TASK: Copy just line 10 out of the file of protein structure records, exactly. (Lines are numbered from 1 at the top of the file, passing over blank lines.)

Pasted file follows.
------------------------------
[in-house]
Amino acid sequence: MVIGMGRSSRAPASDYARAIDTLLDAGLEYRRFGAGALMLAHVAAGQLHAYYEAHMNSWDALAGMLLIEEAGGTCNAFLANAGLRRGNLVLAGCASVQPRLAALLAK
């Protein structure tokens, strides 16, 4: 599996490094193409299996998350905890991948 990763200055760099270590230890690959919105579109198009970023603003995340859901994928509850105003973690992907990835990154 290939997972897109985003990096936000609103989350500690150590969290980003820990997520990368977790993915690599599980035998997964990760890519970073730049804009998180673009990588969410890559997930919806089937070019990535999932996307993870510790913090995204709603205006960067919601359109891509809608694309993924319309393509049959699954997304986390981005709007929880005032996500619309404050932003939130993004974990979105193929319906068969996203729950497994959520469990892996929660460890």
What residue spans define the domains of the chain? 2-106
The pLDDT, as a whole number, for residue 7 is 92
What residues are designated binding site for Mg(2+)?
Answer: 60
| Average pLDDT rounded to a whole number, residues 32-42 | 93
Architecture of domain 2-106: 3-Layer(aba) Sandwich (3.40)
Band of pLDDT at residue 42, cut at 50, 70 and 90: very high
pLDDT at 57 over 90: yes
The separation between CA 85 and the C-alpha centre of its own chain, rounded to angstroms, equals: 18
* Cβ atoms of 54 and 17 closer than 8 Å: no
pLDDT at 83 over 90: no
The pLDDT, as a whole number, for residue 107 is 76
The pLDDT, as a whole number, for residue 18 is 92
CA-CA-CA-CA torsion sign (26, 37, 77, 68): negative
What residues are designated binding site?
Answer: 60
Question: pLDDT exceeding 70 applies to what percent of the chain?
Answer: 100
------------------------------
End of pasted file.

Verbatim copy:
Band of pLDDT at residue 42, cut at 50, 70 and 90: very high